The future of farming could include better ways for people to monitor what crop plants need.
That’s one of the goals of a new $25 million research center dubbed CROPPS (for Center for Research on Programmable Plant Systems) focused on the new field of digital biology. The National Science Foundation has funded the center for five years, during which time researchers at Cornell University (where the center is based), the University of Illinois-Urbana Champaign and the University of Arizona will use a multidisciplinary approach to develop tools that will allow researchers to receive information from plants that they can use to understand the plant and its current surroundings.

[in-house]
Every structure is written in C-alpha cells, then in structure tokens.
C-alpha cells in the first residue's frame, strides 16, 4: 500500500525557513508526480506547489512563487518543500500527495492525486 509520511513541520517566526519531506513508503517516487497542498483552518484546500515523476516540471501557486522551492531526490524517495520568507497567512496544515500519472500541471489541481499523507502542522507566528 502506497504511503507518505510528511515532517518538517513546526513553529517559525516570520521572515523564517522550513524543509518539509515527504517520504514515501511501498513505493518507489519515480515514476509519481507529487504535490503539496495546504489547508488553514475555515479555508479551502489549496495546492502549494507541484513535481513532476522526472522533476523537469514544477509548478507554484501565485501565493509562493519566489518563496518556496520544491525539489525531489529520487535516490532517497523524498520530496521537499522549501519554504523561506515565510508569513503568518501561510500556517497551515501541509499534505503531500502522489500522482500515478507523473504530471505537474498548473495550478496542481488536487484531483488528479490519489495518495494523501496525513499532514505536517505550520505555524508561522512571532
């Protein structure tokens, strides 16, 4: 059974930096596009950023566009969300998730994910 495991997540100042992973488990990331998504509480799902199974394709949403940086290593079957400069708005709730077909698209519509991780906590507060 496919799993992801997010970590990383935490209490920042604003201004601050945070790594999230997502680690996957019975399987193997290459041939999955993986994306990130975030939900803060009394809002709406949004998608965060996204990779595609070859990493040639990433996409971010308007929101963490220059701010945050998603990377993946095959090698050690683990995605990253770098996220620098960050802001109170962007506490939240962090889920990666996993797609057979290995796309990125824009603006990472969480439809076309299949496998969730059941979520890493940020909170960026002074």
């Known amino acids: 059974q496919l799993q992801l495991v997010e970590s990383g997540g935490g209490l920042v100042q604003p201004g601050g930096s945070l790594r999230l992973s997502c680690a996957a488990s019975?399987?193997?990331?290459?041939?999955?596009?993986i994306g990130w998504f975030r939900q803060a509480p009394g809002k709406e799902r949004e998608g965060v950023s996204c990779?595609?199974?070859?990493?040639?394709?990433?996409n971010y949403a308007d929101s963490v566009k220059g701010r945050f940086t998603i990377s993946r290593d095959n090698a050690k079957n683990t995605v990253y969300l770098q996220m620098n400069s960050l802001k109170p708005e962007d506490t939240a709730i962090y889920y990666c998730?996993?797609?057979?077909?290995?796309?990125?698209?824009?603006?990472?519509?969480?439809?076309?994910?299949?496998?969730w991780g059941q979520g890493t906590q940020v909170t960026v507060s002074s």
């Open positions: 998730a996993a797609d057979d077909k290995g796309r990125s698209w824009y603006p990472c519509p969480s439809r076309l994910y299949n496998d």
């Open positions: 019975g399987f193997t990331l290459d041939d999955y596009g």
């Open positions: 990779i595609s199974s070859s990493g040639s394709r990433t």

Those findings will "help us breed plants that can respond more appropriately to novel and highly variable environments in which they did not evolve," Cornell professor Susan McCouch, the lead investigator on the project, said in a story posted on the university website.
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NSF announced this and five other new science and technology centers this month. In addition to CROPPS, this funding cycle supported the Science and Technologies for Phosphorus Sustainability (STEPS) Center, headquartered at North Carolina State University with collaborators at eight other schools. That center aims to reduce point and non-point phosphorus loss and ultimately decrease dependence on mined phosphorus.
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